This is what he is talking about. You just validated everything he wrote. All you PGA crying like children pissing and complaining jerks sacrifice soooo much for us ungreatfull ball beaters. maybe we should take up a collection and send the money to you with a card that sends our apologies for a hero like you. Thank you so much for nothing !!!


      • RE: RE: Jerks

        Joe wrote on: Aug 29, 2018

        Your hissy fit, panties-twisted-in-a-knot response was even funnier than the article. I especially love how you provided evidence of his point while frothing at the mouth about how false it was. I can almost literally see you picking up your ball and stomping away. Get a life...and some working brain cells while you're at it. The article was not meant to be taken seriously. How tragic that you actually needed that explained to you.
        Speaking of having things removed from their behinds, ask someone to help you remove your head from yours. Then maybe you can finally remove that feather that's driving you nuts.


  • jerks

    Marc Brady,PGA wrote on: Jul 5, 2014

    On the off chance that your column wasn't a joke...I have worked in golf all my life, am a Life member of the PGA and never wanted to play the tour, I wanted to teach, administer and serve to help make the game more enjoyable for people like you. Most of my PGA friends are hard working, dedicated and put up with people who often think they know more about golf, instruction and running a club then we do...but we keep working weekends, 65 hours a week and very seldom get to play the game we love. If you'll listen to a good teacher, work hard and do what he/she says you too can improve. Good luck!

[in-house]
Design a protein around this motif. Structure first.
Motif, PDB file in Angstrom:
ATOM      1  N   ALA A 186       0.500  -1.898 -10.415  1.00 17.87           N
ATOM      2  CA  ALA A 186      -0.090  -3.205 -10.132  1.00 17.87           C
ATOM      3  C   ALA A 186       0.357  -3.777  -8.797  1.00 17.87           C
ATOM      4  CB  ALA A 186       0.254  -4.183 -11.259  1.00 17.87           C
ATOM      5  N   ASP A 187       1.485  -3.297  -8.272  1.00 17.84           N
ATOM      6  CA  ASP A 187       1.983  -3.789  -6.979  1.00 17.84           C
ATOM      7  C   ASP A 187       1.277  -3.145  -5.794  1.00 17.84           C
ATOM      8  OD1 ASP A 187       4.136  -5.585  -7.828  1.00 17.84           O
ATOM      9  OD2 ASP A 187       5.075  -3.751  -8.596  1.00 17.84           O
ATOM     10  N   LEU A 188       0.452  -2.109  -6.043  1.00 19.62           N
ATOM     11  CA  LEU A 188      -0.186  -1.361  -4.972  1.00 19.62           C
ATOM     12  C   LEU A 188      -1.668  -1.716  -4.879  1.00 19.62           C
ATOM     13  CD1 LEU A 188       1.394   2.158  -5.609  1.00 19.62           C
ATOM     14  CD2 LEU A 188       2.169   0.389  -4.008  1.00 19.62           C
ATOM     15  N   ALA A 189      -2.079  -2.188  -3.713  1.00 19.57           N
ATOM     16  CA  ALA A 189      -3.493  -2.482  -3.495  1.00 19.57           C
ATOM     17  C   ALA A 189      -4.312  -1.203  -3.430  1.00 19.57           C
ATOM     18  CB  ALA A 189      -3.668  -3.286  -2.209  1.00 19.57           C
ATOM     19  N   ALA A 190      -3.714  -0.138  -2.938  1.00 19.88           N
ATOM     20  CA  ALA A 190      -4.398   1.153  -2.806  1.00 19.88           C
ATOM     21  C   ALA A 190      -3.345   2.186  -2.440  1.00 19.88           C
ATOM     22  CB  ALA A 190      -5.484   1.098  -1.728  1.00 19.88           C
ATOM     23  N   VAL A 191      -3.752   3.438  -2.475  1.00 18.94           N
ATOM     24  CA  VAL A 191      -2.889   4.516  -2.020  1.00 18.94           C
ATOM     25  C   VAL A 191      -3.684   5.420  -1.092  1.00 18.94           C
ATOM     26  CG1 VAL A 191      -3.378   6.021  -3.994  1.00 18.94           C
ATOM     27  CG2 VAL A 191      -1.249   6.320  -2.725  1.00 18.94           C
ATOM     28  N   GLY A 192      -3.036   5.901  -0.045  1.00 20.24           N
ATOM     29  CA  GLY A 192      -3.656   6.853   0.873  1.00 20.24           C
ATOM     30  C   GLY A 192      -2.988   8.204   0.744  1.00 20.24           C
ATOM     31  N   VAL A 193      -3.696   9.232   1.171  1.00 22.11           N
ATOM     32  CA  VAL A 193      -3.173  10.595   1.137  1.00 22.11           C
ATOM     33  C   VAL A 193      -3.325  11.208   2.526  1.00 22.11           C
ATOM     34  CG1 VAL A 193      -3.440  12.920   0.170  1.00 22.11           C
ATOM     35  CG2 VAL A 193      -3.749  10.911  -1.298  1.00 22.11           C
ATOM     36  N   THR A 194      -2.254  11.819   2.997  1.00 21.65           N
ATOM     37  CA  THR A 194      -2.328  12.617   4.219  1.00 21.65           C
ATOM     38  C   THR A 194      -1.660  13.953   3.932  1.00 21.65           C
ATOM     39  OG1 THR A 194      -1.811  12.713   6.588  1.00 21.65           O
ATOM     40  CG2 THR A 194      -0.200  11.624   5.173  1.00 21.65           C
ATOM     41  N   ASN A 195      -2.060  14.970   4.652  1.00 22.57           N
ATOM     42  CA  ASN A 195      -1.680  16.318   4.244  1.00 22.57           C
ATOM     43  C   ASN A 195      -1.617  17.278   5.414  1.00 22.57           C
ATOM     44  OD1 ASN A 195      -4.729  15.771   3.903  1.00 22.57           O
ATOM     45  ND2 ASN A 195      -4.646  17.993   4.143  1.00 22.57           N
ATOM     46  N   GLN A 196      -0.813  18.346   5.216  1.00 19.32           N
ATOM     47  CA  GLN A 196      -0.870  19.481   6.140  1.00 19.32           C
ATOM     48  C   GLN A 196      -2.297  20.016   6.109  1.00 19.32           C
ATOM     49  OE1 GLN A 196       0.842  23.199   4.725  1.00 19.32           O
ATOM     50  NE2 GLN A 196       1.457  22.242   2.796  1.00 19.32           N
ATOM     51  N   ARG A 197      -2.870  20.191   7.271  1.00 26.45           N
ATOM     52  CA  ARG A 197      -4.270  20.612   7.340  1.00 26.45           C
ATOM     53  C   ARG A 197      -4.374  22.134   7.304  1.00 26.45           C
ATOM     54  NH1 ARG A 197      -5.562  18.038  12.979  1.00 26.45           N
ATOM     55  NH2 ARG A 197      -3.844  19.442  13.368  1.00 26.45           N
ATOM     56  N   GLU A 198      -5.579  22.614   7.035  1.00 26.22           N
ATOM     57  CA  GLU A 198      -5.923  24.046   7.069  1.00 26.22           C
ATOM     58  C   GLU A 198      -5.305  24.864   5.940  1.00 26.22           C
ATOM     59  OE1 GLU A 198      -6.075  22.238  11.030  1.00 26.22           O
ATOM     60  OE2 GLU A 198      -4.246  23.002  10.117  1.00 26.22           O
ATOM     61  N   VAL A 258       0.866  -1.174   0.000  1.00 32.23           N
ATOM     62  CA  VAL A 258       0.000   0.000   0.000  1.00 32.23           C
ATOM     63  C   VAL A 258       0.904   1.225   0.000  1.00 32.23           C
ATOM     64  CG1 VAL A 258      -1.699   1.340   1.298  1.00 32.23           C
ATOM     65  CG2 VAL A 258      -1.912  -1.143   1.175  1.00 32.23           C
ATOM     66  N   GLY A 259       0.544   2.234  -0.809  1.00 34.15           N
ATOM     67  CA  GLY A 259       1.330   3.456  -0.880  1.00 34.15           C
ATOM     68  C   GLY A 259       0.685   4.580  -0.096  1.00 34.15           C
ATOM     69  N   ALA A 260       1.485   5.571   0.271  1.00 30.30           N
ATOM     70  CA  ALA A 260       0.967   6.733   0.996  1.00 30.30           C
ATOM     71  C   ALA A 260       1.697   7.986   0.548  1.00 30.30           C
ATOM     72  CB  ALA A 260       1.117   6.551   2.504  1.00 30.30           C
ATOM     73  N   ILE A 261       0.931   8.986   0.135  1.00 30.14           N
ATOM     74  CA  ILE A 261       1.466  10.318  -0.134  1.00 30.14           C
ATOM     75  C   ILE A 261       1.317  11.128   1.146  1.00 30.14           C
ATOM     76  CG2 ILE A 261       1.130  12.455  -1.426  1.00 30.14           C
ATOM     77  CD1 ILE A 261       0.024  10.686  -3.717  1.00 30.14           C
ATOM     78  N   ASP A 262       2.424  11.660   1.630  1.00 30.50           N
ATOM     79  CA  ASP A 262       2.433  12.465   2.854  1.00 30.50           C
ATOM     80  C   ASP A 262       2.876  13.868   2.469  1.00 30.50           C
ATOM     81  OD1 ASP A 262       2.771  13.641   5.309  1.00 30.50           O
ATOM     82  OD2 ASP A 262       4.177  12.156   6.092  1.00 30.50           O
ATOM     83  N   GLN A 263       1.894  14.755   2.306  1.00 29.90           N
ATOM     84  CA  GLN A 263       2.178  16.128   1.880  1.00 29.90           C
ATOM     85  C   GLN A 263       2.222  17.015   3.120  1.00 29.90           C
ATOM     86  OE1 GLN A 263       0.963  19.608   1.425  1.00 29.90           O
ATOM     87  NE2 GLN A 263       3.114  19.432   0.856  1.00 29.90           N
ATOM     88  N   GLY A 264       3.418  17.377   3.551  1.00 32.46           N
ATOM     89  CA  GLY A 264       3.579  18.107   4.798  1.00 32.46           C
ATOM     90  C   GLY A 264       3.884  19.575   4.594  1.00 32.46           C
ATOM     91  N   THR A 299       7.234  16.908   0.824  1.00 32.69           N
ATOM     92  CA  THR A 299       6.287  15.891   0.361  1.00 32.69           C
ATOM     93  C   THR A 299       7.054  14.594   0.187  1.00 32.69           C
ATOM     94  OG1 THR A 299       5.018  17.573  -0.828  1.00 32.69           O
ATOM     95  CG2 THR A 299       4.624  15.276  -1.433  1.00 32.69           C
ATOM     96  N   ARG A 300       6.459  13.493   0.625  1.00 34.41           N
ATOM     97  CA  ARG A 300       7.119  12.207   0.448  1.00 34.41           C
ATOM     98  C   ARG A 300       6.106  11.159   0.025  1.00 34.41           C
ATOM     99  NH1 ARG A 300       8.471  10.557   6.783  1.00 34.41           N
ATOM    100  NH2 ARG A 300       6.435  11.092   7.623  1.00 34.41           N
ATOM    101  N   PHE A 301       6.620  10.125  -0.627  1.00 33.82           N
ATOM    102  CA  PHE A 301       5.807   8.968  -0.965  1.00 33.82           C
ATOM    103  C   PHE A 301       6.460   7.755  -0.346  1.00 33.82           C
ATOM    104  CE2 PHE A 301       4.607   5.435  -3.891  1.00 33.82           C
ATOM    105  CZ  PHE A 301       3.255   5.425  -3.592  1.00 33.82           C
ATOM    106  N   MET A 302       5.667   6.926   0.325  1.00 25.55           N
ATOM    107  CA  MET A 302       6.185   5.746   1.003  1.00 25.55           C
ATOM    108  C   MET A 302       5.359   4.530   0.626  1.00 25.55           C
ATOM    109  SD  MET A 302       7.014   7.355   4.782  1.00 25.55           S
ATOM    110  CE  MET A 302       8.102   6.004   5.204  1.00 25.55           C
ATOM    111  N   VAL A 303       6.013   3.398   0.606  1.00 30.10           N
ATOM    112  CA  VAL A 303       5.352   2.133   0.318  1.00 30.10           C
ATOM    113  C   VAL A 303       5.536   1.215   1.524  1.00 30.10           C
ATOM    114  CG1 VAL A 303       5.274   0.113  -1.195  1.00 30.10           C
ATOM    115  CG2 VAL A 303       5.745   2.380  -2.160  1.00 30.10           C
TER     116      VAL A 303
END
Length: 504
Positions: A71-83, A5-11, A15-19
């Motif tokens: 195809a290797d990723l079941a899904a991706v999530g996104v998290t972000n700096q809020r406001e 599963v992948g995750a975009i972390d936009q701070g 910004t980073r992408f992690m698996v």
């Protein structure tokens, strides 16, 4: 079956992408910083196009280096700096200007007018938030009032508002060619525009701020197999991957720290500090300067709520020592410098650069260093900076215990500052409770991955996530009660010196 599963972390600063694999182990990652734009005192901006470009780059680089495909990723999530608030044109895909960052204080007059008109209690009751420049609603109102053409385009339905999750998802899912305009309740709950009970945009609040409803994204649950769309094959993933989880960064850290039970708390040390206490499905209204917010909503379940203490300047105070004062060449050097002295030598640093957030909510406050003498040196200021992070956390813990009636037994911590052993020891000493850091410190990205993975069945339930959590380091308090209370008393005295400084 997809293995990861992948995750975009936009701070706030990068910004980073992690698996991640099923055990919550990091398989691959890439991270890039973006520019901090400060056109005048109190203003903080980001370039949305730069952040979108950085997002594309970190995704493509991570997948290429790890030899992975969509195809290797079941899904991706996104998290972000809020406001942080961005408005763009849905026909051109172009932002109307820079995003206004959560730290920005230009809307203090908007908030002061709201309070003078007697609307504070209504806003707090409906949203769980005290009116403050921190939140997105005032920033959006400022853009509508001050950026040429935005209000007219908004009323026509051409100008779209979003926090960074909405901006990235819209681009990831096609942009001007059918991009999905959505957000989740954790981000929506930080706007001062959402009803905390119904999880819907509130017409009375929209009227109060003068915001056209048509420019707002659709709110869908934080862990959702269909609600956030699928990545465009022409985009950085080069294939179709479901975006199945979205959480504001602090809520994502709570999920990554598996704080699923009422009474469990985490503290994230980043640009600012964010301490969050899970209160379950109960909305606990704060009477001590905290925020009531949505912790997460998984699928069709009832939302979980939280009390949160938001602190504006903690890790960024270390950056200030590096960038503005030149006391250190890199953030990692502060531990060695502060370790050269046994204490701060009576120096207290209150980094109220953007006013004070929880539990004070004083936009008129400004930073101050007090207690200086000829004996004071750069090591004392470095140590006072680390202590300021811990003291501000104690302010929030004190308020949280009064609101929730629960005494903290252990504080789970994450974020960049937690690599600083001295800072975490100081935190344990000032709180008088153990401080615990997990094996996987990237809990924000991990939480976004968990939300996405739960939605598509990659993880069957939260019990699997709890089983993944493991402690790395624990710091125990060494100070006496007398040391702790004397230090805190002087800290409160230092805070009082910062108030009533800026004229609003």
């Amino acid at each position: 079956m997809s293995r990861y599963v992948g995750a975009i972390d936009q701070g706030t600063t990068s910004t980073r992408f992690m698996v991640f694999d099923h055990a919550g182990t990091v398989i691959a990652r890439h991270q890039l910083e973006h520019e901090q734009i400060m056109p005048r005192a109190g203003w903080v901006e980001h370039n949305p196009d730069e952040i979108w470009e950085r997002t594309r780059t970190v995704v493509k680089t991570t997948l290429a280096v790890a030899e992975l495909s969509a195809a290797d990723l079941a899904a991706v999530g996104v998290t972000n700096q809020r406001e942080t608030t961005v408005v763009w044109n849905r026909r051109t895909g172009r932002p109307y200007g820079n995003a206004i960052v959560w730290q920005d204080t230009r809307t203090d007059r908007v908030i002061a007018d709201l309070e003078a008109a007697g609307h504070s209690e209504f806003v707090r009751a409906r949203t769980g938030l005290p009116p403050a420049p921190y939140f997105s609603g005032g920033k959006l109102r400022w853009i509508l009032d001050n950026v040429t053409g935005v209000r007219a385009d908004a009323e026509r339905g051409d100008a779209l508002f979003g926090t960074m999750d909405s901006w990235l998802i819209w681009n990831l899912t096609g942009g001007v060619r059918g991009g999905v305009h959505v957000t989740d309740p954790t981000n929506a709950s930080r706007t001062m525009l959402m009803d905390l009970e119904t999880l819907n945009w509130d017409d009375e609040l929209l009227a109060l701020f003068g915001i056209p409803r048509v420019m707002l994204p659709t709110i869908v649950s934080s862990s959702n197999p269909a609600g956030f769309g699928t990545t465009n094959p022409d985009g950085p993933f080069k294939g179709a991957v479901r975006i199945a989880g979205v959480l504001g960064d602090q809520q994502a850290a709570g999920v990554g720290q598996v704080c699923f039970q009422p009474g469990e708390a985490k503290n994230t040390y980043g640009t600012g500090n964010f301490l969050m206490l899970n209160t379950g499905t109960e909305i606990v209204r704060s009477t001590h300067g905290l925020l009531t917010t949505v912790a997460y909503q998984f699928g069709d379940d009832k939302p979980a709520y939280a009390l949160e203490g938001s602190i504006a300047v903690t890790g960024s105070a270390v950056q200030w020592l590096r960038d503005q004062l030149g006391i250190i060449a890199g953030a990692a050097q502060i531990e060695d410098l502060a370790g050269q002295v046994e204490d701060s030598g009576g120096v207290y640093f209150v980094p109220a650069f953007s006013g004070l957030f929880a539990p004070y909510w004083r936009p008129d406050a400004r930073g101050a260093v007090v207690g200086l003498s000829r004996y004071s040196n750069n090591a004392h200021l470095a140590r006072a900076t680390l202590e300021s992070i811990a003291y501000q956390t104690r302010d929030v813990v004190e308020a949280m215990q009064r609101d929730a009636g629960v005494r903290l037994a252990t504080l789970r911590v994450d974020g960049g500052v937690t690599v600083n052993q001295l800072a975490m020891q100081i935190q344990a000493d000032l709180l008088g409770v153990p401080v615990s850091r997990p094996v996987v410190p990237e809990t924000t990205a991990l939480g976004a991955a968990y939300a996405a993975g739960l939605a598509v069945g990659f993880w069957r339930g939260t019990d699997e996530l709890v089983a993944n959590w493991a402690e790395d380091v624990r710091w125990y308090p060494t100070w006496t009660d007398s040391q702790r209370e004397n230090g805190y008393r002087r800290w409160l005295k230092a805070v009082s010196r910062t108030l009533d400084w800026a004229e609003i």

• RE: jerks

        fred wrote on: Mar 5, 2015

        most teaching pros ive been to are lazy. heres what the pga says to teach and thats how they teach. what if your right elbow is fused which makes your right arm 3" shorter than the left (right handed golfer). the right side of my back is in constant pain and i know its directly related to my bent right arm. all i get is confounded looks with the answer,"try your best to get in this position, see how _____, _____, ____ is doing it here?" i am a 7 handicap but not knowing how i should swing is holding me back. weird things happen when your body knows your about to cause it pain. answer that! mr. pga professional. I hit high, low, draws and fades. thankz, fred


      • RE: jerks

        Happy Gilmore wrote on: Jul 13, 2014

        So in other words you're a jerk lol!


  • golf

    dc piers wrote on: Jun 18, 2014

    Golf is a noun. You can play golf but you can't go golfing no more than you can go footballing.


      • RE: golf

        FU wrote on: Aug 17, 2016

        First of all, golf is a noun and a verb. Second of all, double negatives are a no no. (lol) You should have said, "you can't go golfing 'any' more" not "you can't go golfing 'no' more."


      • RE: golf

        Tbone wrote on: Mar 19, 2015

        You are wrong. It's a noun and a verb. Google it, then please retake 5th grade English. Football is only a noun.


      • RE: golf

        Jstew wrote on: Dec 20, 2014

        thanks.........That has always been one of my pet peeves. Misuse of the word golf.


  • Great tips

    erniemccracken wrote on: Dec 16, 2010

    Great article.
    I worked in a pro shop as a kid and can confirm that most club pros hate giving lessons and would much rather be working on their own games.


  • Great tips

    jeffreyfrog wrote on: Jun 11, 2010

    I know one site who will help you AND give this type of services.
    I suggest you should try or visit this site.